We had already been thinking about this. IPAO wanted to get the words "Africa, Mother of Life" on her back in Kpelle, a language spoken in Liberia that has its own script. I had planned on a verse from the Psalms that haunted me ever since I had first read it in Latin:
Ad vesperum demorabitur fletus et ad matutinum laetitia. [Psalm 29]

In the evening weeping shall have place, and in the morning gladness. [Douay-Rheims version]

Weeping may tarry for the night,
but joy comes with the morning. [RSV, Psalm 30]
(Two notes: 1) It's not actually from the Vulgate, but from the translation from the Greek Septuagint. Jerome's Vulgate psalms never caught on, since people were used to singing the other version. 2) The numbering of the Psalms is different in English and Latin -- that's why it's Psalm 30 in the RSV.)

I downloaded a font that was more or less based on the caroline script, printed up the quote from Psalm 29, and gave it to the people in the tattoo parlor. They turned it into a fake tattoo and then the artist just did the real one over it. Despite what people say, it was not that painful, though I did feel nervous trying to sit still, afraid that I might sneeze and end up with a black line all down my arm. It healed quickly and now I have finally got my tattoo -- my first tattoo. There is still the wedding tattoo for my other arm... and the Chi Rho for the shoulder... and the line from the beatitudes in Syriac I want for my lower leg... and... and...


Wednesday, June 11, 2008

a bit of Nanni Moretti

Now that the weather is good. From Caro Diario. Don't worry about the context, there is no real context.

Saturday, June 07, 2008

what I've been listening to, part one














Medieval Rock n' Roll. From a thirteenth-century manuscript of the
Cantigas of Alfonso X.

I was in an 80's band. My band in college went through a couple different incarnations and about three different names (Ditto Geese, Mercy Duck, Brekekekex Koax Koax), with about as many campus gigs as names. The core of the band was made up of the bass player, Dan, and myself on the guitar and occasionally "singing." We weren't great musicians (Dan was just starting out -- since then he's become an accomplished jazz bassist) but we had spirit and imagination. A reviewer from the college paper defined our style as "eclectic surf jazz." We were interested in a variety of things and wanted to experiment with different styles, so we had, inter alia, an "African Song," "Rock Song," "Calypso Song," and "Bulgarian Song" (those were the titles for awhile). We also had fun with different rhythms and time signatures, doing "Wild Thing" in 6/8 time and a long improvisational piece called "The Thing in 7/4" (shades of Jazz Odyssey!) I wasn't in a band after that, though I did play around with a four-track recorder and once actually "sang" in public in a bar in Spain.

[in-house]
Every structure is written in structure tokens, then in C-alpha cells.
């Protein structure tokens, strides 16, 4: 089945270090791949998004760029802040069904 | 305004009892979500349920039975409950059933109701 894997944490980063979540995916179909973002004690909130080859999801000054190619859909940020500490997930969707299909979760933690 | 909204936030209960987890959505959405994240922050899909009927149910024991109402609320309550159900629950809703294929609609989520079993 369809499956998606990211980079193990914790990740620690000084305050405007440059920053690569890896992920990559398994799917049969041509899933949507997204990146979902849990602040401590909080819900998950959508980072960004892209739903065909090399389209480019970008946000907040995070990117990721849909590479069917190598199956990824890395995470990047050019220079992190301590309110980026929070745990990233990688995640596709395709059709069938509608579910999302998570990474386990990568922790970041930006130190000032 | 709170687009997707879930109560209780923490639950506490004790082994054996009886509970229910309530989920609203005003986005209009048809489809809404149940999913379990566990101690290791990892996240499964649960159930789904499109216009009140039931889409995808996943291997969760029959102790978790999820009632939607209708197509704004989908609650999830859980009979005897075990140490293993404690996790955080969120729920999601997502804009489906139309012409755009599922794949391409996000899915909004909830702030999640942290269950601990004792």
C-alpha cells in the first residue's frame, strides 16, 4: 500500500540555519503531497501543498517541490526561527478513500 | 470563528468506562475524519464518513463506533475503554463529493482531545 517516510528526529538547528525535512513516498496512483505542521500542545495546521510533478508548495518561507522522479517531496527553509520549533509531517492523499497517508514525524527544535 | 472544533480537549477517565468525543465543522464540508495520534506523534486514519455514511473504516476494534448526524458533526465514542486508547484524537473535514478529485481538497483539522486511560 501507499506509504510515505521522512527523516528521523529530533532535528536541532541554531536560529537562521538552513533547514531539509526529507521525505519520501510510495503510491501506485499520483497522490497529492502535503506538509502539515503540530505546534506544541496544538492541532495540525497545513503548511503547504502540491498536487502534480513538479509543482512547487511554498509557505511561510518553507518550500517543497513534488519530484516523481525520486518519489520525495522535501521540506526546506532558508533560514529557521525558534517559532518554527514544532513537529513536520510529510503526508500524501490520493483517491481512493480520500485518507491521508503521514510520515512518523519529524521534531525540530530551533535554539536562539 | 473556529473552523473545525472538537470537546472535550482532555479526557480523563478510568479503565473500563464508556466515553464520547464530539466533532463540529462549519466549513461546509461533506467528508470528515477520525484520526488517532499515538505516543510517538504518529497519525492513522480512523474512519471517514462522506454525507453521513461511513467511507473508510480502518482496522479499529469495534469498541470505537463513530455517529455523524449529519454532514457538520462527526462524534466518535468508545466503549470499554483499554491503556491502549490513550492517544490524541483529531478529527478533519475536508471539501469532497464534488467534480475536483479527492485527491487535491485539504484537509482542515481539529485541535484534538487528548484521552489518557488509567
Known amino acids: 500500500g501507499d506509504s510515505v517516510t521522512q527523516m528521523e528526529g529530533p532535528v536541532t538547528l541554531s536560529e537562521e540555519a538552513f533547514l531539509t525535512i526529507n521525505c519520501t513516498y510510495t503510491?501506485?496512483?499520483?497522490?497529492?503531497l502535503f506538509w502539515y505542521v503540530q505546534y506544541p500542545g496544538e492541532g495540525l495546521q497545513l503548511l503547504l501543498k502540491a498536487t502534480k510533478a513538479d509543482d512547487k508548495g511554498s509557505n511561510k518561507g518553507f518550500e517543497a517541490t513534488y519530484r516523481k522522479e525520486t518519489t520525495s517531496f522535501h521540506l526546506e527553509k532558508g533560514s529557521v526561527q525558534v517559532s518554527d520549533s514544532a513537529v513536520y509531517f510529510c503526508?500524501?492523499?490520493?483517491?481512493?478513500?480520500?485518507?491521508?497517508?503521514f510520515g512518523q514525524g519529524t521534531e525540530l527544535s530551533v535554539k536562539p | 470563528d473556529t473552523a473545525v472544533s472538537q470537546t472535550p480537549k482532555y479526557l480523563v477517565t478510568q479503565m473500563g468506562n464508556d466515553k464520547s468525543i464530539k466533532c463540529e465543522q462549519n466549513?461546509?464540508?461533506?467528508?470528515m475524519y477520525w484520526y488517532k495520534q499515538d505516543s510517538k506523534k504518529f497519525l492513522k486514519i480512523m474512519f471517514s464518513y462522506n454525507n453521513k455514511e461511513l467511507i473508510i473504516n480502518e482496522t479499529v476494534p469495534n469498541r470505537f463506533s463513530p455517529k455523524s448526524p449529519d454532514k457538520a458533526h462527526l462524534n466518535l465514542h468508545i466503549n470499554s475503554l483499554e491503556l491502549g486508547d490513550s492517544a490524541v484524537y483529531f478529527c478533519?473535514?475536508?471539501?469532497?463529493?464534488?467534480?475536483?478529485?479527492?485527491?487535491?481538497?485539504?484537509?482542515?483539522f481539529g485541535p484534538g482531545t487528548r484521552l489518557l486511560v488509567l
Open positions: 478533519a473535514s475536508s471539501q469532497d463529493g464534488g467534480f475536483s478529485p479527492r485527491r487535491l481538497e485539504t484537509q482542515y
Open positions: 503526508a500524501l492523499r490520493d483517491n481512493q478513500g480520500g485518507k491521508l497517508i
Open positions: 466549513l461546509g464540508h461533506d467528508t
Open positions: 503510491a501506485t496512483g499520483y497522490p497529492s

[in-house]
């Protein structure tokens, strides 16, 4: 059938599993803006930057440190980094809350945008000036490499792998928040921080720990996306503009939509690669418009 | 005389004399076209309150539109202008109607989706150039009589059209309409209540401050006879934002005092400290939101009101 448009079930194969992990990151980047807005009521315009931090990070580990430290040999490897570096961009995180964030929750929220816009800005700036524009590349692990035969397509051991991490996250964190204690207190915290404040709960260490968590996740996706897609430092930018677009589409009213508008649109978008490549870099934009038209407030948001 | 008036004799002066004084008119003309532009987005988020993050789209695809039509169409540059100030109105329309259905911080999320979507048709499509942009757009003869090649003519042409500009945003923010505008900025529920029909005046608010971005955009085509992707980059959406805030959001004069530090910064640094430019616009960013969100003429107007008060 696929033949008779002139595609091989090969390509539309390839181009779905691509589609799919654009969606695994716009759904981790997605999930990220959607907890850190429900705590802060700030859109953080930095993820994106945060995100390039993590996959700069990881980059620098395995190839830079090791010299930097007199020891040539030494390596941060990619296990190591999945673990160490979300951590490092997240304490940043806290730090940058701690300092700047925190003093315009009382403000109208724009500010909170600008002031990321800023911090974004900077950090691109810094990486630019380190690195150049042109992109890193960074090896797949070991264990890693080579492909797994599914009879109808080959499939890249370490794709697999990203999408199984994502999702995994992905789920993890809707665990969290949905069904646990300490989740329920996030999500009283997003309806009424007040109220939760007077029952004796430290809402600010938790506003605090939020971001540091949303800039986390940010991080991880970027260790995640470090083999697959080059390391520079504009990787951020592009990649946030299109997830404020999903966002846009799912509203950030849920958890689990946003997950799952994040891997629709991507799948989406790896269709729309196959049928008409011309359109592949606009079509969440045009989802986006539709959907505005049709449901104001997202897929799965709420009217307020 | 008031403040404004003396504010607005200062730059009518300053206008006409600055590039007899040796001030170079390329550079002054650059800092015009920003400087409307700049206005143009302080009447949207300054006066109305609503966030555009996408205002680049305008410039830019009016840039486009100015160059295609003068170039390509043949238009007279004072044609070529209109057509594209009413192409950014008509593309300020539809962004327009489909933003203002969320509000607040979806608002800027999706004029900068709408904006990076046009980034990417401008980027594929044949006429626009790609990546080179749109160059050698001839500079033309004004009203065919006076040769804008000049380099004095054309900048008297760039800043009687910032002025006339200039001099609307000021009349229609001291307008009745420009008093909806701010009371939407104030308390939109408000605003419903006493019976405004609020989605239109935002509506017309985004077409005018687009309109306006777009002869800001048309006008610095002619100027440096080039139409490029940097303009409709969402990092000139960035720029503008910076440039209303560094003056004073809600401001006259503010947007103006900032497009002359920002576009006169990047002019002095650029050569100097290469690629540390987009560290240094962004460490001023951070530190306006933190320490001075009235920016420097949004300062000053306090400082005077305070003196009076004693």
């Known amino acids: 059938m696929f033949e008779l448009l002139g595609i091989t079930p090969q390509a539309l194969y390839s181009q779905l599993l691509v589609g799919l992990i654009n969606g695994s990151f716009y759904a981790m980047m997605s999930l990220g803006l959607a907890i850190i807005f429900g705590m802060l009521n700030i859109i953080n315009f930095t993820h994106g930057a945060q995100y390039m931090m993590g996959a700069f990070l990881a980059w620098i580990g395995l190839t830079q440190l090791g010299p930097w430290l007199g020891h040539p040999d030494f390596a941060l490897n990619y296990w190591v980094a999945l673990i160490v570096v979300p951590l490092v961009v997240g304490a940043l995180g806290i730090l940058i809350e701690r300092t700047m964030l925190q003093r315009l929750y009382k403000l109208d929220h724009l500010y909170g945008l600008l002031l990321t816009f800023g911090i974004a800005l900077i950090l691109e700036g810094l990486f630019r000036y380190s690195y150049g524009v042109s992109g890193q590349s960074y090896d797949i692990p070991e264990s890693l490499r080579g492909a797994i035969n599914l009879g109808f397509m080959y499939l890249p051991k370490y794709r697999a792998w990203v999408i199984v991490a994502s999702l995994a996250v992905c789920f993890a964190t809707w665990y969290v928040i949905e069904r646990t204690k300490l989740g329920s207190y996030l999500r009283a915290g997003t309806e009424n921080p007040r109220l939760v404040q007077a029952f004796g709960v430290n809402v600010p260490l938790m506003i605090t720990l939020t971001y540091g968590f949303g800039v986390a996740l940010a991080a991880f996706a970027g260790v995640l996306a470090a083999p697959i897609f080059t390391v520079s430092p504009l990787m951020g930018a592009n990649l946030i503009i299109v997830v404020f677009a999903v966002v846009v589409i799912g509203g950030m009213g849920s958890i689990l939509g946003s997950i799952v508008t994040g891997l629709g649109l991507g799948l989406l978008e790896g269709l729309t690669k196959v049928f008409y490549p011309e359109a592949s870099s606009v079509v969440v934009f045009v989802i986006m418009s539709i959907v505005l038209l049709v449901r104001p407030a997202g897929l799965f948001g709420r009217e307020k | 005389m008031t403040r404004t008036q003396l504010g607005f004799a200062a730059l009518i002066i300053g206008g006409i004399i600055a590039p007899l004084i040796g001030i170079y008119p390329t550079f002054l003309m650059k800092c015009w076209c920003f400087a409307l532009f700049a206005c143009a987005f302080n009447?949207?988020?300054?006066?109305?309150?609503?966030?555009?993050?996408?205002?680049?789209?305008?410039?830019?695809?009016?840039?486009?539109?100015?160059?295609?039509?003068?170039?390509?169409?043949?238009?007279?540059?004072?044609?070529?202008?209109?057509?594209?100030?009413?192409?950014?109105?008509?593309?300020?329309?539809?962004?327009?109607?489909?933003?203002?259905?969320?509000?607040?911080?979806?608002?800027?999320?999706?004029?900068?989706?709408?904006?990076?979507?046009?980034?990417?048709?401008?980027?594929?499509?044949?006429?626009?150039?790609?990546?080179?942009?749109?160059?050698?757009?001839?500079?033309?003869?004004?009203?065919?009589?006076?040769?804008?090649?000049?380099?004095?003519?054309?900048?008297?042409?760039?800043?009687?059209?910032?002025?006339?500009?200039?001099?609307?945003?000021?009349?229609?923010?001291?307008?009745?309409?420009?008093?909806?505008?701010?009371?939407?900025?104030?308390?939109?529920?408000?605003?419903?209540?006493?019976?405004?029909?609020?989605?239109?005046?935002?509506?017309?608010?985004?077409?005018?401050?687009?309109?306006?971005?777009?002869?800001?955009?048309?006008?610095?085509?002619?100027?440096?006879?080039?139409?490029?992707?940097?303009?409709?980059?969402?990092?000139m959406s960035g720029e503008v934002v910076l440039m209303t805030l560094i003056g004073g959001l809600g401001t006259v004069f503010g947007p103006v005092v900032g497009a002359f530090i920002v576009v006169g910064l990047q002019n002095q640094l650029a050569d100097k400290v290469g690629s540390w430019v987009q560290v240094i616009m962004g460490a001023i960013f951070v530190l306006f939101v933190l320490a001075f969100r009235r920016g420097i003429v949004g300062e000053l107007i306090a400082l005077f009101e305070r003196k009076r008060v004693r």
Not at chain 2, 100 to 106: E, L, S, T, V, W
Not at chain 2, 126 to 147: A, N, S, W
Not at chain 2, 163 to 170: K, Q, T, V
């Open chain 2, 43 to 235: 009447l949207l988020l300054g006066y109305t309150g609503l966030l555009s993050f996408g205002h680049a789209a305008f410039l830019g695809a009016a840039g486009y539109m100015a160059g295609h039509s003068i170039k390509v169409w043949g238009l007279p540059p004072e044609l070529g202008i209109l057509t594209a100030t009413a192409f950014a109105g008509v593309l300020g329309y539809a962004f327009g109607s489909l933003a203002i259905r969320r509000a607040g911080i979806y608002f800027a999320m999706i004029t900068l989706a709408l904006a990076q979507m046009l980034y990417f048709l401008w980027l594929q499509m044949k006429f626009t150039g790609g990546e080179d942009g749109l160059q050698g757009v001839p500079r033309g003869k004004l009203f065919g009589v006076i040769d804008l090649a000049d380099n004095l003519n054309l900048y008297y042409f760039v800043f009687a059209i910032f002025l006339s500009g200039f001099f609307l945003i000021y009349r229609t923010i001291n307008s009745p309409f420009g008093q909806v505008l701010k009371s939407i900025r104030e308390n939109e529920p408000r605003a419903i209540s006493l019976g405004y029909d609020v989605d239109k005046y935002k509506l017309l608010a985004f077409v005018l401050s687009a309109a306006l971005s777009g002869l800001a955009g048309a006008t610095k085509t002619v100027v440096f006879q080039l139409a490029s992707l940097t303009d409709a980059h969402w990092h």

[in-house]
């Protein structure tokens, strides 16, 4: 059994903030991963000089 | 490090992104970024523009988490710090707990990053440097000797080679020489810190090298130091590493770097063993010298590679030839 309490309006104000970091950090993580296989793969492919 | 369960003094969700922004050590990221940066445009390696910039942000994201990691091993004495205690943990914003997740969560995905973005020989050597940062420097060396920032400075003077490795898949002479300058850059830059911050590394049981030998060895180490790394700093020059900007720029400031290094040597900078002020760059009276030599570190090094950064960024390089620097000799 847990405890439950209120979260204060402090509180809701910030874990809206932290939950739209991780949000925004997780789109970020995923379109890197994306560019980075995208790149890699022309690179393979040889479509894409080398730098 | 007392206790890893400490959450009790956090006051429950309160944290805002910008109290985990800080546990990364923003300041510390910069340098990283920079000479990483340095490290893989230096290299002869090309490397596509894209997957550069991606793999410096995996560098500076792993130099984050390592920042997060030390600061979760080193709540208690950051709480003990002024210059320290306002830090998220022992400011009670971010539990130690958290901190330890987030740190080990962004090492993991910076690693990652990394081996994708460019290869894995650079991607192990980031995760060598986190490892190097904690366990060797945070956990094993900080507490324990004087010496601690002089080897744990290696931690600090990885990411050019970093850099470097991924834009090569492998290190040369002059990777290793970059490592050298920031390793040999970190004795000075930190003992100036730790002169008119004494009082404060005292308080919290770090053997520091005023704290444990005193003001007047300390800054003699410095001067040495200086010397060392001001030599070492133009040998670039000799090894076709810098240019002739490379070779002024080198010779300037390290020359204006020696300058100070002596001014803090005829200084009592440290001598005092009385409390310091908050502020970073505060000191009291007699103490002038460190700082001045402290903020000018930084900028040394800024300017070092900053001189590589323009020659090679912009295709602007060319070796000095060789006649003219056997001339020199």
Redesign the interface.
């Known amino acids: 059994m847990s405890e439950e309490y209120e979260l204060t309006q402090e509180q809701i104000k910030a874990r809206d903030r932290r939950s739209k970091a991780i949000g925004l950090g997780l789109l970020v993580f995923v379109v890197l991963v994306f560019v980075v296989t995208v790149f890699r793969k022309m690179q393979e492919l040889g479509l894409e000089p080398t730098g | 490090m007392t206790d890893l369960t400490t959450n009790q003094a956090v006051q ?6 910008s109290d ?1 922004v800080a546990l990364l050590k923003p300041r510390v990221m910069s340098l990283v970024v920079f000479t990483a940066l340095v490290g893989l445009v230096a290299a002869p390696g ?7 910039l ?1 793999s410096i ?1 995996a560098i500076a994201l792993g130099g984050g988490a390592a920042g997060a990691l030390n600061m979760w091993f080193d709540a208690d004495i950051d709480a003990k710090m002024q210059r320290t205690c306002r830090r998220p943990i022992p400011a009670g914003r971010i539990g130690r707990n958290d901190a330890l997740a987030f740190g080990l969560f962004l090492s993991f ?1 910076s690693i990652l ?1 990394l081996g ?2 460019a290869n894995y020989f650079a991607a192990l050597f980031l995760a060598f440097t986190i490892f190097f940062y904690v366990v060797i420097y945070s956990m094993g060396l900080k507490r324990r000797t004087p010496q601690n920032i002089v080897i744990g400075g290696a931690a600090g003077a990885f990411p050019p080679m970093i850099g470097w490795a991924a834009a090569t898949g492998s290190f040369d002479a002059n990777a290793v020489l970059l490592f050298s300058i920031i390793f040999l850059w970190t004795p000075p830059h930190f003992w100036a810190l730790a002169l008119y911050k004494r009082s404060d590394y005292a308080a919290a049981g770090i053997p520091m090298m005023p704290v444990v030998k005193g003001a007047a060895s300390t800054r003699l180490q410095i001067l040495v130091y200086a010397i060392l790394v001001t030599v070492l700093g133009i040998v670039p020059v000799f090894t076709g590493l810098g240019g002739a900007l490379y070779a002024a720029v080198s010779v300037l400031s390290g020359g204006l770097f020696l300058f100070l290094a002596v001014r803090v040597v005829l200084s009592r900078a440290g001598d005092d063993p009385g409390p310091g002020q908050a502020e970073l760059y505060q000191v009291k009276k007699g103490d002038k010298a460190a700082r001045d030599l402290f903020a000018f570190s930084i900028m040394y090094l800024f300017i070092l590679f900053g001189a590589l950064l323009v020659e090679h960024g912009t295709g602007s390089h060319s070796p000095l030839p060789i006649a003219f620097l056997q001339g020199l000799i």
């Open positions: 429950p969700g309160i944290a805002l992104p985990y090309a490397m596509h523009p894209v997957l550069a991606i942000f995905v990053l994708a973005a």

I love music, and almost all kinds of music. That said, it's been some time since I've felt I have to be on the cutting edge of anything. I have spent little time trying to find out what those young people are listening to and never listen to music on the radio. Only recently have I started to listen to something relatively new. I learned about Rasputina through a friend, and then through compilation association, I got interested in a number of bands that may or may not be justly placed in the Goth subcategory of darkwave.

I've never really gotten that into Goth before. The Cure is great, but I was never a huge fan. I can only take that tinny 80's guitar sound and Robert Smith's whiny voice for so long. A lot of other Goth stuff is cold and mechanical, long dance tracks with too much synth and boring drum machine rhythms. The darkwave stuff I've been listening to is different. There are more acoustic instruments (violin, flute, piano), real live percussionists, and influences from different kinds of world music. The singing is usually very good, often by classically-trained women with haunting voices. Some of the musicians show familiarity with real medieval music, too (not fake Led Zepplin stuff that results in music like this).

The music suits my somewhat dark and contemplative nature. It can occasionally be a bit pretentious or jejune, but for the most part it is creative and intelligent. I hope to introduce a few bands over a couple of posts.

One of the first groups I got into was Miranda Sex Garden. Originally a trio of madrigal singers, the group has gone through a number of incarnations, and the core has always been the singer Katherine Blake. She has a beautiful, clear, and strong voice, and is trained in medieval music, and the band's songs, which can out and out rock or be reasonably experimental, use it to great effect. She also has another group, Mediaeval Baebes, which apart from the enjoyably campy presentation evident in their name, are pretty much a straightforward singing group that does medieval music.

And now some music from Miranda Sex Garden in their rocking, experimental phase...




...and in their earlier madrigalish phase:



More info:
Miranda Sex Garden: website, myspace.
Mediaeval Baebes: website, myspace.

Sunday, June 01, 2008

dunkin donuts + michell malkin = obscene absurdity

Mirhab, Iranian, fourteenth century.










Apparently anything that could be remotely construed as to have anything to do with Islamic culture supports terrorism. I'm too grumpy to even address this, so I'll just send you to the Notes on Religion blog by Rashed Chowdhury:
After pressure from the right-wing blogger Michelle Malkin, Dunkin' Donuts has cancelled an online ad featuring TV host Rachael Ray wearing a keffiyeh.

Malkin described the piece of Arab men's headdress as "a regular adornment of Muslim terrorists".

According to Dunkin' Donuts, "no symbolism was intended" by the silk keffiyeh. Malkin has praised the company for its decision, saying that the picture of the scarf could have led to "the mainstreaming of violence" (BBC).

So my question is: what was Timothy McVeigh wearing when he perpetrated his terrorist act? And if he was wearing a shirt and trousers, should everyone now stop wearing shirts and trousers? Come on now.

If you disagree with Dunkin' Donuts's decision, please contact them.